# Thread: nilpotent groups

1. ## nilpotent groups

I need to show subgroups of nilpotents groups are nilpotent.

I can get started but cannot finish.

Suppose G is a nilpotent group. Let H be a proper subgroup of G. Let K be a proper subgroup of H. I must show K is a proper subgroup of $\displaystyle N_H(K)$.

I assume $\displaystyle N_H(K)=K$. I know I must get a contradiction here but I can't figure it out.

Any hints?

2. Originally Posted by ziggychick
I need to show subgroups of nilpotents groups are nilpotent.

I can get started but cannot finish.

Suppose G is a nilpotent group. Let H be a proper subgroup of G. Let K be a proper subgroup of H. I must show K is a proper subgroup of $\displaystyle N_H(K)$.

I assume $\displaystyle N_H(K)=K$. I know I must get a contradiction here but I can't figure it out.

Any hints?
what you're trying to prove doesn't prove that H is nilpotent unless G is finite. is G a finite group?

3. in this case, yes G is finite. didn't realize that was an issue.. :-/

4. Originally Posted by ziggychick

in this case, yes G is finite. didn't realize that was an issue.. :-/
yes, the "normalizer condition" that you're trying to prove is equivalent to "nilpotent" only for finite groups. but the fact is that a subgroup of any nilpotent group is nilpotent and we prove

results about nilpotent groups using central series not the normalizer condition!

5. do you only know the definition of "finite nilpotent groups" or you're also familiar with lower and upper central series, which give the definition of "nilpotent" for general (finite or infinite) groups?

6. my text is focused on finite nilpotent groups but it mentions that most of the results hold for infinite ones. i'm familiar with upper and lower central series, but we haven't really done any work with them.

7. Originally Posted by ziggychick

my text is focused on finite nilpotent groups but it mentions that most of the results hold for infinite ones. i'm familiar with upper and lower central series, but we haven't really done any work with them.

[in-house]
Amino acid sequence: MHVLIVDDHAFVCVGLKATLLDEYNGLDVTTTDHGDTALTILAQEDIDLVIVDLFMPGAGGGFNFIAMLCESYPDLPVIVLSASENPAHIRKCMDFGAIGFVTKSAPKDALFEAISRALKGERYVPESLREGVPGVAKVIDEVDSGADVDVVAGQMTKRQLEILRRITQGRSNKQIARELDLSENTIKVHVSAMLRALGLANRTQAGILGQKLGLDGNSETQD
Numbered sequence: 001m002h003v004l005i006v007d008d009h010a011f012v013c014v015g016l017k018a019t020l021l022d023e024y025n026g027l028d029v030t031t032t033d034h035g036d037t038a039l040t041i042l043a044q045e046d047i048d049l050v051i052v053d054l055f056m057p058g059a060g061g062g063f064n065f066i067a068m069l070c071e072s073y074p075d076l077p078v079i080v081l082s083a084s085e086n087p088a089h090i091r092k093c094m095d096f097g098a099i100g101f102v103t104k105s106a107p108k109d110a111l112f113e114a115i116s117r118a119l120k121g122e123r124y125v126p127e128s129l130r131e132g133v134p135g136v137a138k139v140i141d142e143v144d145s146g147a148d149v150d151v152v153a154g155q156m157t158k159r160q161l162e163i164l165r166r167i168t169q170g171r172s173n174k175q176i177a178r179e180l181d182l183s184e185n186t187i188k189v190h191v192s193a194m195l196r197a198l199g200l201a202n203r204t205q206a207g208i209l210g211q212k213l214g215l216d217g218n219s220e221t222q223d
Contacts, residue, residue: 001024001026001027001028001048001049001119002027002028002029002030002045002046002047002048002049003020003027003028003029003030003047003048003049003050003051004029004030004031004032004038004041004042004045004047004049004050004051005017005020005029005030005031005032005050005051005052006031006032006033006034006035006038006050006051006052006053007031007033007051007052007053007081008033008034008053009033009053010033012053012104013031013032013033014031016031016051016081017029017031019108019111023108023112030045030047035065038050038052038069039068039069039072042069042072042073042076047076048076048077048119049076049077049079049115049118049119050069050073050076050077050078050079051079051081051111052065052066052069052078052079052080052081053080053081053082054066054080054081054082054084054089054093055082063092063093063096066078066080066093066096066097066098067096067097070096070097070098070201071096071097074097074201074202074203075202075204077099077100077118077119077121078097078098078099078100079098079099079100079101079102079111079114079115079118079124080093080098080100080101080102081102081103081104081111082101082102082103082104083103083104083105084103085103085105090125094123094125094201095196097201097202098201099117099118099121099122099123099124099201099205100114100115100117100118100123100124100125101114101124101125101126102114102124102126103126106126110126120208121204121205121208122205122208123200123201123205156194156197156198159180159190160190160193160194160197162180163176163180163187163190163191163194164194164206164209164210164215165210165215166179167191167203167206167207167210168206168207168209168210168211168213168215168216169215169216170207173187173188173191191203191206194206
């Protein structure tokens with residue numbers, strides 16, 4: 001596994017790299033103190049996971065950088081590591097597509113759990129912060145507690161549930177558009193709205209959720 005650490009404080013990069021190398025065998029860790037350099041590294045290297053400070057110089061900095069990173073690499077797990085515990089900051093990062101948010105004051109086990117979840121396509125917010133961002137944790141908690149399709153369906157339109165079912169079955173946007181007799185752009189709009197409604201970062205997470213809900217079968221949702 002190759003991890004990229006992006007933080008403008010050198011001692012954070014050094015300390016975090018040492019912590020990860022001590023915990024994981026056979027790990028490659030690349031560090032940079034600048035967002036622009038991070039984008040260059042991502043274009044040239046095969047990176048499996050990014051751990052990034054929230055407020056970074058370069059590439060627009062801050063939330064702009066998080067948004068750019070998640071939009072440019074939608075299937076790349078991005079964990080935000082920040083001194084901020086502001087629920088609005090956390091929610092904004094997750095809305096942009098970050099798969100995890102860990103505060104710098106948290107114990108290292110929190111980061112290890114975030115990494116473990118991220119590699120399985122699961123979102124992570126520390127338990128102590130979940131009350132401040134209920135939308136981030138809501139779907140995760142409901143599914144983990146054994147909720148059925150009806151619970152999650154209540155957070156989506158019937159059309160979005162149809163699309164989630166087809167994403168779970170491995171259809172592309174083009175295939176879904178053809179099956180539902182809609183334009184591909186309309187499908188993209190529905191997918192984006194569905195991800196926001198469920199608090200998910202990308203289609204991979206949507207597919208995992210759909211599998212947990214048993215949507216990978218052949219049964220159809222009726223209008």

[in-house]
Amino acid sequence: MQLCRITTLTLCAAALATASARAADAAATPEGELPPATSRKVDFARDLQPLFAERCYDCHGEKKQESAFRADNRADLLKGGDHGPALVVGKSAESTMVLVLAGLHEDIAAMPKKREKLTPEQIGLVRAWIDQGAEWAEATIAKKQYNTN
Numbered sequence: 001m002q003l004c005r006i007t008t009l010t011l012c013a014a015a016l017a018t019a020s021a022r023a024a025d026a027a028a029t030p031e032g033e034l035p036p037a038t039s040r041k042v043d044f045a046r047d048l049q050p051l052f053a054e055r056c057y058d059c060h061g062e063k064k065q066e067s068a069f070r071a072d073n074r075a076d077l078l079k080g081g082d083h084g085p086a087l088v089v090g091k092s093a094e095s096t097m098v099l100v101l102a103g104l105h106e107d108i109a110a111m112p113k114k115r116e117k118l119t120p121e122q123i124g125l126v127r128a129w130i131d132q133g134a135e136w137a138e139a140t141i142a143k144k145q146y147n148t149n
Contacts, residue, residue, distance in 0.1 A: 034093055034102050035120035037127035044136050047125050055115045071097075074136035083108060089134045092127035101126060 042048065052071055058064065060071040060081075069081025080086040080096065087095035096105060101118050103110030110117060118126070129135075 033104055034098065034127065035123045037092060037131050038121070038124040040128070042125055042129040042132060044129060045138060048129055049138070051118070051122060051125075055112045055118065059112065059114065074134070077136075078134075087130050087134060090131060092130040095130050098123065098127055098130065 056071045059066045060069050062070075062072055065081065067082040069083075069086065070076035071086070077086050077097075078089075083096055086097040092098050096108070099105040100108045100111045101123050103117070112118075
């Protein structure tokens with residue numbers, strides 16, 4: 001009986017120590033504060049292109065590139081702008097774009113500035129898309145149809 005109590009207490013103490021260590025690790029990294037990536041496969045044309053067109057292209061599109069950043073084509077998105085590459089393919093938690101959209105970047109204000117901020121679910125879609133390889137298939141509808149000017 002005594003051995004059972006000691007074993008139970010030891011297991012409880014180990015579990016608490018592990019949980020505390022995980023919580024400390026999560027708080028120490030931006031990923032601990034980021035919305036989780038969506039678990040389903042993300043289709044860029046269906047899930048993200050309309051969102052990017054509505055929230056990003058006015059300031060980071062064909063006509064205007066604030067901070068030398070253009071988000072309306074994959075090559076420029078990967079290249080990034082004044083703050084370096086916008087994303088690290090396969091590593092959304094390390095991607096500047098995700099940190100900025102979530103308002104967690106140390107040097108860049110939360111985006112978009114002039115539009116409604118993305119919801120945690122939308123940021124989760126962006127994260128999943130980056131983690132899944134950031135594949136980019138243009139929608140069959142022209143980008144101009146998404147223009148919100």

ok! can we use this theorem that a finite group G is nilpotent iff every Sylow subgroup of G is normal?

8. yes we can definitely use that.
i tried to go that route as well, but maybe i didn't think hard enough about it.

Suppose H is a proper subgroup of finite nilpotent group G. Let Q be a Sylow p-subgroup of H. Then we get Q is a subgroup of the Sylow p-subgroup P of G. We know P is normal in G, and is unique.

If $\displaystyle |Q|=p^k$ can P have another subgroup of the same order?

9. Originally Posted by ziggychick
yes we can definitely use that.
i tried to go that route as well, but maybe i didn't think hard enough about it.

Suppose H is a proper subgroup of finite nilpotent group G. Let Q be a Sylow p-subgroup of H. Then we get Q is a subgroup of the Sylow p-subgroup P of G. We know P is normal in G, and is unique.

If $\displaystyle |Q|=p^k$ can P have another subgroup of the same order?
well, $\displaystyle P \cap H$ is a p subgroup of $\displaystyle H$ and it contains $\displaystyle Q.$ thus $\displaystyle P \cap H=Q,$ because $\displaystyle Q$ is a Sylow p subgroup of $\displaystyle H.$ can you finish the proof now?

10. yes, i believe i can. thanks so much!

11. Originally Posted by NonCommAlg

the "normalizer condition" that you're trying to prove is equivalent to "nilpotent" only for finite groups.
just to correct myself (for the sake of completeness): the "normalizer condition" is equivalent to "nilpotent" in "finitely generated" groups and not only in finite groups.